Effects and costs of home-based training with telemonitoring guidance in low to moderate risk patients entering cardiac rehabilitation: The FIT@Home study
1 Department of Medical Informatics, Academic Medical Center – University of Amsterdam, Amsterdam, the Netherlands
2 Department of Medical Decision Making, Leiden University Medical Center, Leiden, the Netherlands
3 Department of Cardiology, Máxima Medical Center, Veldhoven, the Netherlands
BMC Cardiovascular Disorders 2013, 13:82 doi:10.1186/1471-2261-13-82Published: 8 October 2013
Physical training has beneficial effects on exercise capacity, quality of life and mortality in patients after a cardiac event or intervention and is therefore a core component of cardiac rehabilitation. However, cardiac rehabilitation uptake is low and effects tend to decrease after the initial rehabilitation period. Home-based training has the potential to increase cardiac rehabilitation uptake, and was shown to be safe and effective in improving short-term exercise capacity. Long-term effects on physical fitness and activity, however, are disappointing. Therefore, we propose a novel strategy using telemonitoring guidance based on objective training data acquired during exercise at home. In this way, we aim to improve self-management skills like self-efficacy and action planning for independent exercise and, consequently, improve long-term effectiveness with respect to physical fitness and physical activity. In addition, we aim to compare costs of this strategy with centre-based cardiac rehabilitation.
This randomized controlled trial compares a 12-week telemonitoring guided home-based training program with a regular, 12-week centre-based training program of equal duration and training intensity in low to moderate risk patients entering cardiac rehabilitation after an acute coronary syndrome or cardiac intervention. The home-based group receives three supervised training sessions before they commence training with a heart rate monitor in their home environment. Participants are instructed to train at 70-85% of their maximal heart rate for 45–60 minutes, twice a week. Patients receive individual coaching by telephone once a week, based on measured heart rate data that are shared through the internet. Primary endpoints are physical fitness and physical activity, assessed at baseline, after 12 weeks and after one year. Physical fitness is expressed as peak oxygen uptake, assessed by symptom limited exercise testing with gas exchange analysis; physical activity is expressed as physical activity energy expenditure, assessed by tri-axial accelerometry and heart rate measurements. Secondary endpoints are training adherence, quality of life, patient satisfaction and cost-effectiveness.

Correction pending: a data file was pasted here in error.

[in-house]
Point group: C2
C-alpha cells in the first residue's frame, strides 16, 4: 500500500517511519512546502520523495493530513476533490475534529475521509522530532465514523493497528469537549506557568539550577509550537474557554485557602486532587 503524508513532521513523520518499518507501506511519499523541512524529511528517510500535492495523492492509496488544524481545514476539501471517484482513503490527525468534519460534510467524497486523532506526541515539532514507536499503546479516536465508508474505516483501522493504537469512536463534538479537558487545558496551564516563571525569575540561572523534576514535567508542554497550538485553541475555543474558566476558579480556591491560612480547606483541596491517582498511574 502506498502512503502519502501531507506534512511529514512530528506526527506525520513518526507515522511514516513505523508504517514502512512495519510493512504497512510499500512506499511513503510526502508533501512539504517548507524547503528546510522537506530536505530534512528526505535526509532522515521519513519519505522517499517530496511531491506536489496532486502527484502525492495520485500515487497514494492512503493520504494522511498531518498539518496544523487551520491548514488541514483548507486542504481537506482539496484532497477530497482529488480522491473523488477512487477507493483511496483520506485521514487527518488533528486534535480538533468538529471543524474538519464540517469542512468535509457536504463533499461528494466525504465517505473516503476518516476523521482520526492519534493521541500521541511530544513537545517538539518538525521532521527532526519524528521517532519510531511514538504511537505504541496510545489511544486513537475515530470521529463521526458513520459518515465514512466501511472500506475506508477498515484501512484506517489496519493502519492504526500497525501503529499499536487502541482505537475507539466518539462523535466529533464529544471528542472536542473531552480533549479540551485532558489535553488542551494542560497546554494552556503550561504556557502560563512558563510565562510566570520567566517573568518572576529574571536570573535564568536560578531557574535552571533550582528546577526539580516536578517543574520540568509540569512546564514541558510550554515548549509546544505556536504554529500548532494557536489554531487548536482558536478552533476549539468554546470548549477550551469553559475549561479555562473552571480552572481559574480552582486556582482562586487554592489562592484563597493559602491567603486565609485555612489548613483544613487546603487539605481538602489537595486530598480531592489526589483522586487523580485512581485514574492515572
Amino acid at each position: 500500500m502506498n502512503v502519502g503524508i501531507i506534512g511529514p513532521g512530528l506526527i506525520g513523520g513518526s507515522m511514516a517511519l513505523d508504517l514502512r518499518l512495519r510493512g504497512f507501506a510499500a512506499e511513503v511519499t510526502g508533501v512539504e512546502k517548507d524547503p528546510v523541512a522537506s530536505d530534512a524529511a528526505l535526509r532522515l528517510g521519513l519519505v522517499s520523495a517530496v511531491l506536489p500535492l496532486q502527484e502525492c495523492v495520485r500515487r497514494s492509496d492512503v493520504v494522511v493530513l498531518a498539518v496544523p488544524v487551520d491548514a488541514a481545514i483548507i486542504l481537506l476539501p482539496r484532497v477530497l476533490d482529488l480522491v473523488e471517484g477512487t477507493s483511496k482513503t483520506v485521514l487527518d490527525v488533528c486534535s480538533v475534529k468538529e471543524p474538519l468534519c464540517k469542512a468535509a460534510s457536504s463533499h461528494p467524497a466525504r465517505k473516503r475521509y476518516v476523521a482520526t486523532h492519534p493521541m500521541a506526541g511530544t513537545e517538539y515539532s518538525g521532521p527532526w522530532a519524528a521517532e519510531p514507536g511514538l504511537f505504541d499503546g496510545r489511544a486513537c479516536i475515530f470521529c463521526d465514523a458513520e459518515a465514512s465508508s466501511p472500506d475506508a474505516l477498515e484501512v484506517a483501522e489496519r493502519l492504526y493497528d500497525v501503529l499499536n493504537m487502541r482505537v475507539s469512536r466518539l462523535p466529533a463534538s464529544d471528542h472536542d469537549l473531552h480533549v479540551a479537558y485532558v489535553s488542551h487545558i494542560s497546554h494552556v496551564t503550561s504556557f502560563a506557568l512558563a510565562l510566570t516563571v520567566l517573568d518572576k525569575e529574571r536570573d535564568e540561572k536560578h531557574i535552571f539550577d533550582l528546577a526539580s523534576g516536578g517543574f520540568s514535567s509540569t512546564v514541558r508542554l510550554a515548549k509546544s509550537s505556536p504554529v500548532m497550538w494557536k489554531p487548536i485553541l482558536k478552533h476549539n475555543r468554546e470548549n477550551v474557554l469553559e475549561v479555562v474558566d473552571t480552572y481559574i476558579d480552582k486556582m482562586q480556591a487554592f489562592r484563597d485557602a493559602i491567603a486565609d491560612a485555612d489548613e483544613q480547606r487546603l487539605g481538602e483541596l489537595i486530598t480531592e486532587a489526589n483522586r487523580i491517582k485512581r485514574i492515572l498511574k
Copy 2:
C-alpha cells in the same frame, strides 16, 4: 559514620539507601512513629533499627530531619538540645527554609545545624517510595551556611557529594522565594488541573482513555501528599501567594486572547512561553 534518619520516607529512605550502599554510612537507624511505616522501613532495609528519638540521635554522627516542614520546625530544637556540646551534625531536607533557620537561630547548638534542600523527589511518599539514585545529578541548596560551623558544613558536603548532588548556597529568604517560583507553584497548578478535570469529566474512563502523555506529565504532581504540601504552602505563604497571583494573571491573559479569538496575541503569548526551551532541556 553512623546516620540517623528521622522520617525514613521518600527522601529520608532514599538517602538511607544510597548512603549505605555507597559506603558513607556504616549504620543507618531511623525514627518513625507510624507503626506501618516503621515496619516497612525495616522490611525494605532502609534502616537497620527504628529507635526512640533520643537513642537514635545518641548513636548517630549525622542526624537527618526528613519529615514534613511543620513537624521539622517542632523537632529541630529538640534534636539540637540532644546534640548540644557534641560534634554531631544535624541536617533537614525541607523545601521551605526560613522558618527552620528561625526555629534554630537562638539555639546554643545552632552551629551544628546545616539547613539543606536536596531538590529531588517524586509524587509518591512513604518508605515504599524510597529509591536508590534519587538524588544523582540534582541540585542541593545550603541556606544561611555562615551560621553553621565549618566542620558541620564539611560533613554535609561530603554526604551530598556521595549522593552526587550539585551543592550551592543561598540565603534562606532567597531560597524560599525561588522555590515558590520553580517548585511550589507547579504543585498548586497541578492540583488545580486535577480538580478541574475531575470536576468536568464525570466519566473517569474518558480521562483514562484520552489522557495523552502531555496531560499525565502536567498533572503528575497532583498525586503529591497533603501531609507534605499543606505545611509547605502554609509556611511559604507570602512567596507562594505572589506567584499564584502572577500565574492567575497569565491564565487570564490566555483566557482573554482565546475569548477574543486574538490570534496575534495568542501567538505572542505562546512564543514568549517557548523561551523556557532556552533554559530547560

This study will increase insight in long-term effectiveness and costs of home-based cardiac rehabilitation with telemonitoring guidance. This strategy is in line with the trend to shift non-complex healthcare services towards patients’ home environments.
Dutch Trial Register: NTR3780. Clinicaltrials.gov register: NCT01732419